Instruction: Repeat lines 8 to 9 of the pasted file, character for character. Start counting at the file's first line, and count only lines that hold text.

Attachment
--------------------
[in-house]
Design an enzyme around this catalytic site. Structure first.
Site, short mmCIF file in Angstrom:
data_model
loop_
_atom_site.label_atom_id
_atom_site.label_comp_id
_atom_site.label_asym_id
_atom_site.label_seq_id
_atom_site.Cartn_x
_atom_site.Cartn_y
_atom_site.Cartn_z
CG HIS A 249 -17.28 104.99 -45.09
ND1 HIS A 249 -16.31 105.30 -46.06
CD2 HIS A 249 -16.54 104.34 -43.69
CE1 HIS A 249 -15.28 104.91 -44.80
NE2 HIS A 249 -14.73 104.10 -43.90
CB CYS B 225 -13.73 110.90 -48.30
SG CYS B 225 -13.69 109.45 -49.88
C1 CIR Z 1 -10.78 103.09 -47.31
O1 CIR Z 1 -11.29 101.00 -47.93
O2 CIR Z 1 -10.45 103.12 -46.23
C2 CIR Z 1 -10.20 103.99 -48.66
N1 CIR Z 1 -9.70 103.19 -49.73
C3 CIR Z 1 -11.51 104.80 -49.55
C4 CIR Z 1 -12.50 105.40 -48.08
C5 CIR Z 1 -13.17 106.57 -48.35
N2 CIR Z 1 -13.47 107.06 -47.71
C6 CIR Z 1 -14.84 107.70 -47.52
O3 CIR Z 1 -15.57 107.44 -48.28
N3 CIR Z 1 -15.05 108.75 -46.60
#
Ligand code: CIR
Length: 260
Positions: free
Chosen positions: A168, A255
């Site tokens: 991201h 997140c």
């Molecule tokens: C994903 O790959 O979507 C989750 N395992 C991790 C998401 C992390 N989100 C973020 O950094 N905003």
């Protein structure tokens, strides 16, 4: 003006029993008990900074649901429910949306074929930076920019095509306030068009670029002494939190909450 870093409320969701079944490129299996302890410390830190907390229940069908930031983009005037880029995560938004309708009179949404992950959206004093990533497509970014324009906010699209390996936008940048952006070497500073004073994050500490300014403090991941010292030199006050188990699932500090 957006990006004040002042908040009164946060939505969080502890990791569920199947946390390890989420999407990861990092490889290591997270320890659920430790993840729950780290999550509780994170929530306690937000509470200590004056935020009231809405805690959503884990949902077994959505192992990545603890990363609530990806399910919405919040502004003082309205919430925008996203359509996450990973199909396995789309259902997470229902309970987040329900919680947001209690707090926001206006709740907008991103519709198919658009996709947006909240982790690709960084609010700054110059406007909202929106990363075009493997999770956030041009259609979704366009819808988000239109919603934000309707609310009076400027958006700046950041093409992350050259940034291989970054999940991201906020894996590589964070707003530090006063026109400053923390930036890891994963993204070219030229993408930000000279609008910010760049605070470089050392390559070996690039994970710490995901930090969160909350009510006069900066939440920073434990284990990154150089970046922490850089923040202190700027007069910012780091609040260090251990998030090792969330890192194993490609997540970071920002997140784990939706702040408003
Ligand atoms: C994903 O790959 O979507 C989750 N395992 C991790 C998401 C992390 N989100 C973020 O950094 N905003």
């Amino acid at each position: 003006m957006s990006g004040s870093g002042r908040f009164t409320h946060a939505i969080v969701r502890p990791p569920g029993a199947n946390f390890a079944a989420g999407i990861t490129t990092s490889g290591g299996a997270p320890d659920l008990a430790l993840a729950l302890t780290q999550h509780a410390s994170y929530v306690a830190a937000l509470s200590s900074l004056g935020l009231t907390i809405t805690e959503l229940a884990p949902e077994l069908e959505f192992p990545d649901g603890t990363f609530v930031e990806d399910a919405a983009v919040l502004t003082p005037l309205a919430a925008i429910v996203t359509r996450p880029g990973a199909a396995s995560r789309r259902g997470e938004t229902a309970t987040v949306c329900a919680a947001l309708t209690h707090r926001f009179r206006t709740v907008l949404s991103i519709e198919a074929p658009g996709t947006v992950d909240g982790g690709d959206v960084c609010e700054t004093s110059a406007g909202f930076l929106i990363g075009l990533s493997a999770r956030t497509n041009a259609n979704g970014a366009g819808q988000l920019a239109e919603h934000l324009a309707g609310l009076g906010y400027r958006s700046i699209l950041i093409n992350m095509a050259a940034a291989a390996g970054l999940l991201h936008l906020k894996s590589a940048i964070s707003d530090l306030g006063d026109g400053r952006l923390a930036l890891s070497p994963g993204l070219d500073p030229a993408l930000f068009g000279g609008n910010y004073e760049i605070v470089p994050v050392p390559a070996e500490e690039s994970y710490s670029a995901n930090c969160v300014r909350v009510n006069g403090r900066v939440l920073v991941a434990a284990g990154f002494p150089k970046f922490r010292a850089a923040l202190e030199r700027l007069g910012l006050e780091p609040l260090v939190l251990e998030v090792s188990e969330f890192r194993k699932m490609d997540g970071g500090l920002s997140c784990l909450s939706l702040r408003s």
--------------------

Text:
_atom_site.label_asym_id
_atom_site.label_seq_id